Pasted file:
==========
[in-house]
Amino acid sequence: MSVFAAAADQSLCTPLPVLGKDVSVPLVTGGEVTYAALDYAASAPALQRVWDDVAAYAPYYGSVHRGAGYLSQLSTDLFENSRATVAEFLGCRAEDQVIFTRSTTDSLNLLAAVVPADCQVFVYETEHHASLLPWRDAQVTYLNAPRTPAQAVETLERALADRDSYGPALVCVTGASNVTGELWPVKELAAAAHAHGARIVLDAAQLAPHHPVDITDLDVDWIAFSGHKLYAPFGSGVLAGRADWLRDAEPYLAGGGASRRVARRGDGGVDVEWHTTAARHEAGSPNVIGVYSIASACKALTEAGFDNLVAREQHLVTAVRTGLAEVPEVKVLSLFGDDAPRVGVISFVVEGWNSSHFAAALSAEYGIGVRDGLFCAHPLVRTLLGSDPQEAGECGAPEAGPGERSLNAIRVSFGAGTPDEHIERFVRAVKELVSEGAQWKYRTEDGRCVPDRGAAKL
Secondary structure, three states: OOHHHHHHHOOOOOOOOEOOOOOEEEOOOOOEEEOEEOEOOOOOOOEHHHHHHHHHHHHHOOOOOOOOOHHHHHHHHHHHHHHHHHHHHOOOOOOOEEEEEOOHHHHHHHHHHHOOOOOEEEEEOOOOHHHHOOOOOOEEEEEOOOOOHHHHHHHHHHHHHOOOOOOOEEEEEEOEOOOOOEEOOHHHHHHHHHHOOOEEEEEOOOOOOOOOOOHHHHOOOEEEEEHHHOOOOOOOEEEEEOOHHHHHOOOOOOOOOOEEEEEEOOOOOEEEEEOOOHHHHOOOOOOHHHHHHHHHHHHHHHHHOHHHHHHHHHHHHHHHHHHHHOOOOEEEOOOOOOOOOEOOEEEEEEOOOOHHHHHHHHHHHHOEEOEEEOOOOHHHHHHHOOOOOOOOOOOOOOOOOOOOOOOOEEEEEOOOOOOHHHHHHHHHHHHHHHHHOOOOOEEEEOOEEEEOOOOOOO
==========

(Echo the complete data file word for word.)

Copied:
[in-house]
Amino acid sequence: MSVFAAAADQSLCTPLPVLGKDVSVPLVTGGEVTYAALDYAASAPALQRVWDDVAAYAPYYGSVHRGAGYLSQLSTDLFENSRATVAEFLGCRAEDQVIFTRSTTDSLNLLAAVVPADCQVFVYETEHHASLLPWRDAQVTYLNAPRTPAQAVETLERALADRDSYGPALVCVTGASNVTGELWPVKELAAAAHAHGARIVLDAAQLAPHHPVDITDLDVDWIAFSGHKLYAPFGSGVLAGRADWLRDAEPYLAGGGASRRVARRGDGGVDVEWHTTAARHEAGSPNVIGVYSIASACKALTEAGFDNLVAREQHLVTAVRTGLAEVPEVKVLSLFGDDAPRVGVISFVVEGWNSSHFAAALSAEYGIGVRDGLFCAHPLVRTLLGSDPQEAGECGAPEAGPGERSLNAIRVSFGAGTPDEHIERFVRAVKELVSEGAQWKYRTEDGRCVPDRGAAKL
Secondary structure, three states: OOHHHHHHHOOOOOOOOEOOOOOEEEOOOOOEEEOEEOEOOOOOOOEHHHHHHHHHHHHHOOOOOOOOOHHHHHHHHHHHHHHHHHHHHOOOOOOOEEEEEOOHHHHHHHHHHHOOOOOEEEEEOOOOHHHHOOOOOOEEEEEOOOOOHHHHHHHHHHHHHOOOOOOOEEEEEEOEOOOOOEEOOHHHHHHHHHHOOOEEEEEOOOOOOOOOOOHHHHOOOEEEEEHHHOOOOOOOEEEEEOOHHHHHOOOOOOOOOOEEEEEEOOOOOEEEEEOOOHHHHOOOOOOHHHHHHHHHHHHHHHHHOHHHHHHHHHHHHHHHHHHHHOOOOEEEOOOOOOOOOEOOEEEEEEOOOOHHHHHHHHHHHHOEEOEEEOOOOHHHHHHHOOOOOOOOOOOOOOOOOOOOOOOOEEEEEOOOOOOHHHHHHHHHHHHHHHHHOOOOOEEEEOOEEEEOOOOOOO